To conclude our exploration of the Wisdom Paramita, I’ll share an excerpt from my book Tapping the Wisdom Within, A Guide to Joyous Living, on how to find your own access to universal wisdom:
In your hectic daily life where your priorities always seem to be outside yourself, the internal voices you are likely to hear are the ones that speak the loudest. The squeakiest wheel. But when you take the time to listen in — through meditation, nature walks, time alone in a quiet place without distractions — the wise inner voice with its rich deep true resonance, rises above the clamor.
You can be sure it is your wise inner voice because it is calm, loving, positive, and non-judgmental. Unlike the other voices in your repertoire, it is never hurried or desperate. Next to it the other voices feel jangly, almost caffeinated. The wise inner voice will never tell you to do something violent, unethical or wrong. It will never demand that you do what it says. It is not a master, but a guide. Its purpose is to put you in harmony with your own nature, not to change you into something other than yourself.
Once you have found your inner voice, and it may take time, be sure to continue listening in. Never take your wise inner voice for granted.
The language most effective to stir the inner voice to action is the question. Ask yourself “Why am I so upset?” “What is going on here?” “What should I do about…” or simply “What do you want me to know?”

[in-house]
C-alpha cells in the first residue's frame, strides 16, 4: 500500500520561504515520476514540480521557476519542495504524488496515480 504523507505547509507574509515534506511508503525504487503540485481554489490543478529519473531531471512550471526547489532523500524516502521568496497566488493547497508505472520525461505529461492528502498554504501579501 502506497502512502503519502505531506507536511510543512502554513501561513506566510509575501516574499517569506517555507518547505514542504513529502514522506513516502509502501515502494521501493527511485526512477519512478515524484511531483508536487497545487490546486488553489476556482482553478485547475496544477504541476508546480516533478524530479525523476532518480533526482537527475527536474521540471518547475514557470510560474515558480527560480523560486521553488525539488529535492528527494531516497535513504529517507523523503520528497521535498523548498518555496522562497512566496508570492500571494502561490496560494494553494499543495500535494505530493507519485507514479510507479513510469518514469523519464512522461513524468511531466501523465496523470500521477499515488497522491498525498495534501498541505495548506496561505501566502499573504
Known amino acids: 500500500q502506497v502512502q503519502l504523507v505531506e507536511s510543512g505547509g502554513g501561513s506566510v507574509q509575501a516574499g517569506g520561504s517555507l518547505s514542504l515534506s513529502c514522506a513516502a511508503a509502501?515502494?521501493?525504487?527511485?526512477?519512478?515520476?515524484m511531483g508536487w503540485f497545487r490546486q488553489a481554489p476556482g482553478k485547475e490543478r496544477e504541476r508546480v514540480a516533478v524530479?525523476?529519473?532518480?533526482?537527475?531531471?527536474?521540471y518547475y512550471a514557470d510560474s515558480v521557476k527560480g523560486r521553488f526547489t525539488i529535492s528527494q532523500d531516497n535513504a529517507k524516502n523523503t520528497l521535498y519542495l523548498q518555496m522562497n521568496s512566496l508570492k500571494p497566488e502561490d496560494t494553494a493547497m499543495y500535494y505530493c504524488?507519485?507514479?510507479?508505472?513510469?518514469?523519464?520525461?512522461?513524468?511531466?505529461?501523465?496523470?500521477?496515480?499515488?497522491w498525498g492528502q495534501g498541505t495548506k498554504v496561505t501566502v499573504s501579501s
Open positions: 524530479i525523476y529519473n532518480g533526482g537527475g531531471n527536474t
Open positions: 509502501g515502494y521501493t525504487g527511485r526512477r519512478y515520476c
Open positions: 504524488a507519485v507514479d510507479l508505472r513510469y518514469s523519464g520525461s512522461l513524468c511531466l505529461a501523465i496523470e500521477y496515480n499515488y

After each question be very quiet and let your own wise inner voice answer you. Be patient. Your inner voice speaks in many different languages — symbolic, synchronistic, intuitive, and dream. Pay attention. Perhaps the book with an answer for you will pop off the library shelf into your hands. Perhaps you will feel suddenly compelled to call a friend, whose experience will help you with your problem. And always listen when you find yourself giving someone else advice. It is often meant for you as well!
If you listen in on a consistent basis, you will eventually be able to hear your clear wise inner voice speaking in very plain language. It is the voice of the wellspring that feeds you, rooted in the collective consciousness, deeply connected with all that is. Staying in touch with that inner voice will keep you balanced, assure you that you belong right where you are, deepen your sense of connection, and enhance your pleasure in every moment.